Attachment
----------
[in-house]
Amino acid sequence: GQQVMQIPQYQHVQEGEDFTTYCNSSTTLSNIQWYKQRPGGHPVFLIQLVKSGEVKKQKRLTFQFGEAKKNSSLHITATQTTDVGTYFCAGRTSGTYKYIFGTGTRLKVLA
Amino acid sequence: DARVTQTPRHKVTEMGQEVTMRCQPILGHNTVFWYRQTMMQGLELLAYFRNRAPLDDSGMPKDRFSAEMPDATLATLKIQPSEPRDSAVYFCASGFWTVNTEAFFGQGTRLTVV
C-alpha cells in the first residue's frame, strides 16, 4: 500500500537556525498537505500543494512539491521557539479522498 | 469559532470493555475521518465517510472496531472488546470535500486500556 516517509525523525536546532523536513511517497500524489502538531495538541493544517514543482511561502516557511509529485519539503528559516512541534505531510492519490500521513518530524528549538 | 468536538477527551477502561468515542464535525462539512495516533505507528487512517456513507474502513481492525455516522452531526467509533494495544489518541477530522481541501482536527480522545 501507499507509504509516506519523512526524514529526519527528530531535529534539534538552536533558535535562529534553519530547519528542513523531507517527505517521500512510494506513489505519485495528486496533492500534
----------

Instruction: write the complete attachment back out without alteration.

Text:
[in-house]
Amino acid sequence: GQQVMQIPQYQHVQEGEDFTTYCNSSTTLSNIQWYKQRPGGHPVFLIQLVKSGEVKKQKRLTFQFGEAKKNSSLHITATQTTDVGTYFCAGRTSGTYKYIFGTGTRLKVLA
Amino acid sequence: DARVTQTPRHKVTEMGQEVTMRCQPILGHNTVFWYRQTMMQGLELLAYFRNRAPLDDSGMPKDRFSAEMPDATLATLKIQPSEPRDSAVYFCASGFWTVNTEAFFGQGTRLTVV
C-alpha cells in the first residue's frame, strides 16, 4: 500500500537556525498537505500543494512539491521557539479522498 | 469559532470493555475521518465517510472496531472488546470535500486500556 516517509525523525536546532523536513511517497500524489502538531495538541493544517514543482511561502516557511509529485519539503528559516512541534505531510492519490500521513518530524528549538 | 468536538477527551477502561468515542464535525462539512495516533505507528487512517456513507474502513481492525455516522452531526467509533494495544489518541477530522481541501482536527480522545 501507499507509504509516506519523512526524514529526519527528530531535529534539534538552536533558535535562529534553519530547519528542513523531507517527505517521500512510494506513489505519485495528486496533492500534